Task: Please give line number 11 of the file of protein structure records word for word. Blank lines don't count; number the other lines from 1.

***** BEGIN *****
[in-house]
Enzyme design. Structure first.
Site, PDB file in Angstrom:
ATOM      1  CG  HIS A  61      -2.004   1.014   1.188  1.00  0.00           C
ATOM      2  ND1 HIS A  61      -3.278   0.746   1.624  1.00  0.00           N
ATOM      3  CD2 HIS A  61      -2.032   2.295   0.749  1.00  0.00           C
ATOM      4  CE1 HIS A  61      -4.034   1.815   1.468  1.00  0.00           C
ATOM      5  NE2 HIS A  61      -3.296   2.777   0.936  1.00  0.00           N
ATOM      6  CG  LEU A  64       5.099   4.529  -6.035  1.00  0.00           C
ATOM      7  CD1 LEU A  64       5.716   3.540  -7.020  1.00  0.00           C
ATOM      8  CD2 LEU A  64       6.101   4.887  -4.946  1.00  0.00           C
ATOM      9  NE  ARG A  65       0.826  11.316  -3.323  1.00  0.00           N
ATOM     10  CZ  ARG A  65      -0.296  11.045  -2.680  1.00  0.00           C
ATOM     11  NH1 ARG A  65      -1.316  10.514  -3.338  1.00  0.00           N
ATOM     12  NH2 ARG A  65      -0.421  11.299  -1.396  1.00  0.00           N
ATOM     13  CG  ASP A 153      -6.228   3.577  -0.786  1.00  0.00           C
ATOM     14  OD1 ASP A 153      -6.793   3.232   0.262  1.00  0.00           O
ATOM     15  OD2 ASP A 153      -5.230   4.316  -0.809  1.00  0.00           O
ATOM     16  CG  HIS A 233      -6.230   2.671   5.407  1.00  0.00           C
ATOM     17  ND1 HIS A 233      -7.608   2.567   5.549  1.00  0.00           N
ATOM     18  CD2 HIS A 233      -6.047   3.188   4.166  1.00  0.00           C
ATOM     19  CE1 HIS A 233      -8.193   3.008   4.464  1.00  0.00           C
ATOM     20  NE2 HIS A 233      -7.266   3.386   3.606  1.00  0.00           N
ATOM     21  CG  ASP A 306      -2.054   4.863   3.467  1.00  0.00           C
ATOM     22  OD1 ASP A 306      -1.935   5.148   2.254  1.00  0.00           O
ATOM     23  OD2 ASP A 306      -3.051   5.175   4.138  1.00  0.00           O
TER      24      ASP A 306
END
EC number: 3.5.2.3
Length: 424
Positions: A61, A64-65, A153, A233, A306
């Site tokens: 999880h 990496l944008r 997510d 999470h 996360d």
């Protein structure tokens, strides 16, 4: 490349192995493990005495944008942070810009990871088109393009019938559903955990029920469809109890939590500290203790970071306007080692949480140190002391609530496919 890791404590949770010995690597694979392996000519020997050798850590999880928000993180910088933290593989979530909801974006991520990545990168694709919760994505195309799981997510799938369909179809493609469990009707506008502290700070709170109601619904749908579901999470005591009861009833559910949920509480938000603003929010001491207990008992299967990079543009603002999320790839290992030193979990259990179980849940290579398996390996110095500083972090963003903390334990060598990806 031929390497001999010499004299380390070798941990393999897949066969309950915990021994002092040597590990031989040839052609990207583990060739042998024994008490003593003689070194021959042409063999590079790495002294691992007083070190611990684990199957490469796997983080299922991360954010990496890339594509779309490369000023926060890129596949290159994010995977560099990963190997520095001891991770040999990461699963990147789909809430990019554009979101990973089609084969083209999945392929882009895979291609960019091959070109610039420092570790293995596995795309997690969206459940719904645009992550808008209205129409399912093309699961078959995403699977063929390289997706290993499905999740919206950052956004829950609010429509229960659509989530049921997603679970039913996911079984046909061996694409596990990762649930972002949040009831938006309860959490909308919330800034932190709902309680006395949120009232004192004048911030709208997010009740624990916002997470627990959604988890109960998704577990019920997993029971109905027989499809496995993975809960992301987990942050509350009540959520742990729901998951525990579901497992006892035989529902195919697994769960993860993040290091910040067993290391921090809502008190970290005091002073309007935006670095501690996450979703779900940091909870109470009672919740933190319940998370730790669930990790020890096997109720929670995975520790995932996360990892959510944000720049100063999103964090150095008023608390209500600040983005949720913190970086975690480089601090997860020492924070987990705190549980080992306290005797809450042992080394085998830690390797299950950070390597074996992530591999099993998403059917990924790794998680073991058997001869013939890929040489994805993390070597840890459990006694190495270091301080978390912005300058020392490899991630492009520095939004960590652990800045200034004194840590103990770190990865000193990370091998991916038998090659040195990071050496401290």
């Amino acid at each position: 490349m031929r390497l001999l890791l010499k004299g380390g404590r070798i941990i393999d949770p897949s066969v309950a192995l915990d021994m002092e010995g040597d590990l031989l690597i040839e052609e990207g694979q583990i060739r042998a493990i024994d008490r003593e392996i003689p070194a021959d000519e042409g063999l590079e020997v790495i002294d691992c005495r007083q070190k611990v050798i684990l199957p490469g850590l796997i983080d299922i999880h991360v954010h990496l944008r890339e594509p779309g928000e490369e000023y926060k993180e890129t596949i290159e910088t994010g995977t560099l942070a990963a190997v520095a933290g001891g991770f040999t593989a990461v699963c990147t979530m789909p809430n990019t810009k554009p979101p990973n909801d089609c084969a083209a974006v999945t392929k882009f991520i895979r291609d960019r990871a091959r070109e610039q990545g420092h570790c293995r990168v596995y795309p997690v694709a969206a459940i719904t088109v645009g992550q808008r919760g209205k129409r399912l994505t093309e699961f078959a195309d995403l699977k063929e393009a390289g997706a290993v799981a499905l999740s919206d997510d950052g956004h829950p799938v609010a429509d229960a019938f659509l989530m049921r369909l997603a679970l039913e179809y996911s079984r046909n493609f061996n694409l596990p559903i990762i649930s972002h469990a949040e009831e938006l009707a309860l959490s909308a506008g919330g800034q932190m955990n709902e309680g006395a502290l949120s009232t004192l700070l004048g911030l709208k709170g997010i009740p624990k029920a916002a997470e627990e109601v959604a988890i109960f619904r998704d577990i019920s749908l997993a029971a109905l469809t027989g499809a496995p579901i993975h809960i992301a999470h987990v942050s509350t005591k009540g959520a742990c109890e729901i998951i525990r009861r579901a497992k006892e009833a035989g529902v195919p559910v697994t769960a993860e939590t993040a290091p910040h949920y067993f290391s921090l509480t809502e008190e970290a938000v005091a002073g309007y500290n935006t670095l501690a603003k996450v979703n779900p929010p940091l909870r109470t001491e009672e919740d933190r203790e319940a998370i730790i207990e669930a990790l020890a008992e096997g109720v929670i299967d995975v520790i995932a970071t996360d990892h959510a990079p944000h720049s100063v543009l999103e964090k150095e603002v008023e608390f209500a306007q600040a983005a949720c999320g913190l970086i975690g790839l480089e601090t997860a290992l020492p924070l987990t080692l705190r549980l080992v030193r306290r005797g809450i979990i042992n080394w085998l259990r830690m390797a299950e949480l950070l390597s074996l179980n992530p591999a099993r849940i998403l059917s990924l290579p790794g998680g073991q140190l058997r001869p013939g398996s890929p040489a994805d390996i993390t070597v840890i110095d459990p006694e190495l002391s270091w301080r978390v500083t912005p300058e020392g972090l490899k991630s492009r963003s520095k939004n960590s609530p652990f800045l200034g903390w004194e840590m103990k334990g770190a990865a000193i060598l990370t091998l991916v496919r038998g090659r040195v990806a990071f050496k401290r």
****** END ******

ATOM      8  CD2 LEU A  64       6.101   4.887  -4.946  1.00  0.00           C